[News] World Faces Covid-19 “Vaccine Apartheid”

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Fri Jan 1 14:19:53 EST 2021

Faces Covid-19 “Vaccine Apartheid”
Sharon Lerner - December 31, 2020

*Pfizer CEO Albert Bourla* recently heaped praise on “the almost 44,000
people who selflessly raised their hands to participate in our trial.”

“Each of you has helped to bring the world one step closer to our shared
goal of a potential vaccine to fight this devastating pandemic,” Bourla
wrote in an open letter
to volunteers who took part in Pfizer’s Covid-19 vaccine research, which
was conducted in Argentina, South Africa, Brazil, Germany, and Turkey as
well as the U.S. His letter was published on November 9, the same day
Pfizer announced that the vaccine was more than 90 percent effective at
preventing the disease, and Bourla laid this considerable accomplishment at
the feet of the medical volunteers: “You are the true heroes, and the whole
world owes you a tremendous debt of gratitude.”

But Argentina, South Africa, Brazil, and Turkey will have to be satisfied
with Pfizer’s gratitude, because (like most countries in the world
they won’t be receiving enough of the vaccine to inoculate their
populations, at least not anytime soon.

Meanwhile, the U.S. and Germany — along with Canada and the rest of the
European Union — have contracted for enough doses of various Covid-19
vaccines to inoculate their populations several times over
While the U.S. is struggling
with the logistics of its vaccine rollout — fewer than 3 million
<https://covid.cdc.gov/covid-data-tracker/#vaccinations> people have
received the first dose so far — adequate supplies should eventually be
available. The U.S. pre-purchased 100 million doses of the Pfizer vaccine
for $1.95 billion in the summer (and reportedly passed
on the opportunity to secure another 100 million doses). Last week, the
Department of Health and Human Services announced a deal
to buy another 100 million doses of the vaccine by July 2021, and the
government has the option to purchase an additional 400 million doses. The
U.S. has also purchased 200 million doses of the Moderna vaccine, which is
also extremely effective against Covid-19. Those doses are due by the
second quarter of 2021, and the government may buy up to 300 million more
doses. And the U.S. has contracts for additional vaccine doses from Ology,
Sanofi, Novavax, and Johnson & Johnson, whose candidates are in earlier
stages of development.

Pharmaceutical companies and individual executives are already profiting
handsomely from their medical breakthroughs. On the same day that he sent
his open letter, Bourla, whose net worth is estimated at more than $26
million, sold
more than $5 million worth of his shares of Pfizer stock. Pfizer has
already made an estimated $975 million from the vaccine this year and is
expected to earn another $19 billion in revenue from the vaccine in 2021,
according to Morgan Stanley. Pfizer’s profit margin on the vaccine is
at between 60 and 80 percent. Moderna is projected
to make more than $10 billion from its vaccine next year.

[image: Picture taken on December 18, 2020 shows a corona vaccination
center at the fair grounds in Hamburg, northern Germany, amid the ongoing
novel coronavirus / COVID-19 pandemic. - The European Union is facing heavy
pressure to approve vaccines after Britain and the United States have
already administered tens of thousands of shots while China and Russia have
begun efforts with their own vaccines. The bloc intends to start its
inoculations with the Pfizer-BioNTech vaccine before the end of the year.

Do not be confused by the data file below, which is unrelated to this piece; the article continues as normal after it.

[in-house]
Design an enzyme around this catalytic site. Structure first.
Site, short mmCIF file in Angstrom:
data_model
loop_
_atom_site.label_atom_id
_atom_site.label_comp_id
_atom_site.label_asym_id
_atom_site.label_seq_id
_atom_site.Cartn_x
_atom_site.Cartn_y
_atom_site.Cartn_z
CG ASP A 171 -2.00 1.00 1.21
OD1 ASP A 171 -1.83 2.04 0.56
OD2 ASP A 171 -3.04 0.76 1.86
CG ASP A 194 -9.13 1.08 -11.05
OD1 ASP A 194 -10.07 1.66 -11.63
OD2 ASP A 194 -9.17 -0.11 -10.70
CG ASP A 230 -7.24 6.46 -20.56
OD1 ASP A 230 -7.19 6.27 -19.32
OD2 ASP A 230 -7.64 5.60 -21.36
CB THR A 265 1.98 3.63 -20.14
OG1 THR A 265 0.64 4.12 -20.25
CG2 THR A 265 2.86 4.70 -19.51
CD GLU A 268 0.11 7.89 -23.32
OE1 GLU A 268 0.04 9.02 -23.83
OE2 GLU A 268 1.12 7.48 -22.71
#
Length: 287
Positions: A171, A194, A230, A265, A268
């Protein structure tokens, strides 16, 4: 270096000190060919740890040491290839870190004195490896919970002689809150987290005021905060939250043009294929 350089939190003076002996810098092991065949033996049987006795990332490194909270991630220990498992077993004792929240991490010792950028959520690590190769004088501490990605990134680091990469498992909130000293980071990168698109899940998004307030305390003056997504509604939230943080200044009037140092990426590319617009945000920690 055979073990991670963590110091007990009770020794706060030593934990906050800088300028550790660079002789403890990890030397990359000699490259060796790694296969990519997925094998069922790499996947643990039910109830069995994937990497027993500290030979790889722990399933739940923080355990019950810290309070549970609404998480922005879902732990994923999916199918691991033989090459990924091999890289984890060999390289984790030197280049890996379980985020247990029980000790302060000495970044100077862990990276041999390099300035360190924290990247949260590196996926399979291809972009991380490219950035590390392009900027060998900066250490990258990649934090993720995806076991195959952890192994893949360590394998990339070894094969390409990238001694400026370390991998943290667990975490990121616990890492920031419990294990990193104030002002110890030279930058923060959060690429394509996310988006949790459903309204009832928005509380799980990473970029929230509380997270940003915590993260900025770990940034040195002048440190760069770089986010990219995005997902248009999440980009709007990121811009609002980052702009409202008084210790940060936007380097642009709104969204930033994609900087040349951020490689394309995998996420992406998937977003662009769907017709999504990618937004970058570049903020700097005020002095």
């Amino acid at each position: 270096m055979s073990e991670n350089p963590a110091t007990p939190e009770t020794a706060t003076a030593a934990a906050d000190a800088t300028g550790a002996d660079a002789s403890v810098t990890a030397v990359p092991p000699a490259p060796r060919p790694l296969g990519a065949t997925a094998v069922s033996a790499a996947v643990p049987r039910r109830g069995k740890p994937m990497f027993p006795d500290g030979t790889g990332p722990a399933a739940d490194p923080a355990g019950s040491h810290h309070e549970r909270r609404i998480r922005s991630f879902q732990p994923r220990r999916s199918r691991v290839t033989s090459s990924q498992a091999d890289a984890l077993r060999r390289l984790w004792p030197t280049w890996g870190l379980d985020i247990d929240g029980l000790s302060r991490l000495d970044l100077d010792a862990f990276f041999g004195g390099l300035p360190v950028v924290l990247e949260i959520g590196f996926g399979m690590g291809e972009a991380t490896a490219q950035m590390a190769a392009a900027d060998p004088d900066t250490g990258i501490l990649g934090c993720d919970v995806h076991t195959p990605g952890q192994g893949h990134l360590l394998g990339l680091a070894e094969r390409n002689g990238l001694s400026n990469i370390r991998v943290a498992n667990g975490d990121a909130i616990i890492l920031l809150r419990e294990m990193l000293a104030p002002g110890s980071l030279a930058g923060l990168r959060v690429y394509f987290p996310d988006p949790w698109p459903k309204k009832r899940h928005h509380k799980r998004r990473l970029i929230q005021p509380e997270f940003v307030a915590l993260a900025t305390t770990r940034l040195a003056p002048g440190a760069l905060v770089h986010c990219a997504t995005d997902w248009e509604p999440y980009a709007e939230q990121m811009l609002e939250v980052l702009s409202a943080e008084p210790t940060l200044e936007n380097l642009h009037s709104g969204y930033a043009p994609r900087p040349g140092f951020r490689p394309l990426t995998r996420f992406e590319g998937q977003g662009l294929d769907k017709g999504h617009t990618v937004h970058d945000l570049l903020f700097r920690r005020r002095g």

(Photo by Axel Heimken / AFP) (Photo by AXEL HEIMKEN/AFP via Getty Images)]

A corona vaccination center at the fair grounds in Hamburg, Germany, on
Dec. 8, 2020.

Photo: Axel Heimken/AFP/Getty Images

The estimated $100 billion
in sales to be made from a Covid-19 vaccine was clearly part of what
attracted pharmaceutical companies to vaccine research. For the
participants in that research, the calculus is different. In developing
countries, “you find people who don’t have medical care and are desperate
for medical attention and will grasp at the straws of medical research,”
said Harriet Washington, a medical ethicist and author.

A relative lack of oversight and lower operating costs are some of the
reasons that pharmaceutical companies do the majority of their research in
less affluent countries.

That desperation is only part of the reason that pharmaceutical companies
do the majority of their research in less affluent countries, according to
Washington, who pointed to a relative lack of oversight and lower operating
costs as additional reasons that the industry is drawn to those places. The
Covid-19 vaccine research participants in South Africa, Argentina, Brazil,
and Turkey “will work more cheaply than the people in the U.S. and
Germany,” she said.

The ethical problem this creates — that people in developing countries have
less access to medical breakthroughs despite shouldering a disproportionate
share of the risk that enables their development — far predates the
coronavirus pandemic. “There are inherent inequities that are repeated in
every epidemic,” said Washington. “It’s a consistent pattern; you’ll see it
as far back as you want to go.”

Whether they participate in drug research or not, people in low- and
middle-income countries often lack access to lifesaving medical
breakthroughs, which are sometimes priced out of their reach. Gilead, which
holds the patent on the hepatitis C drug sofosbuvir, has provided a clear
and tragic illustration of how deadly this dynamic can be. Only about one
in seven people who needed the company’s lifesaving drug in Brazil had
received it as of June 2019. In that country alone, thousands died of the
treatable disease, according
to the nonprofit group Make Medicines Affordable. Though many drugs
eventually become available, access is often delayed for people in
developing countries, as was the case for lifesaving HIV medications, which
are still unavailable to some 15 million infected people around the world
and arrived in some poorer countries more than a decade after they were
used in wealthier ones.

“We see lags occur in almost every intervention in the world whether it’s a
new drug or medical device,” said Dr. Krishna Udayakumar, founding director
of the Duke Global Health Innovation Center. “There’s not as much money in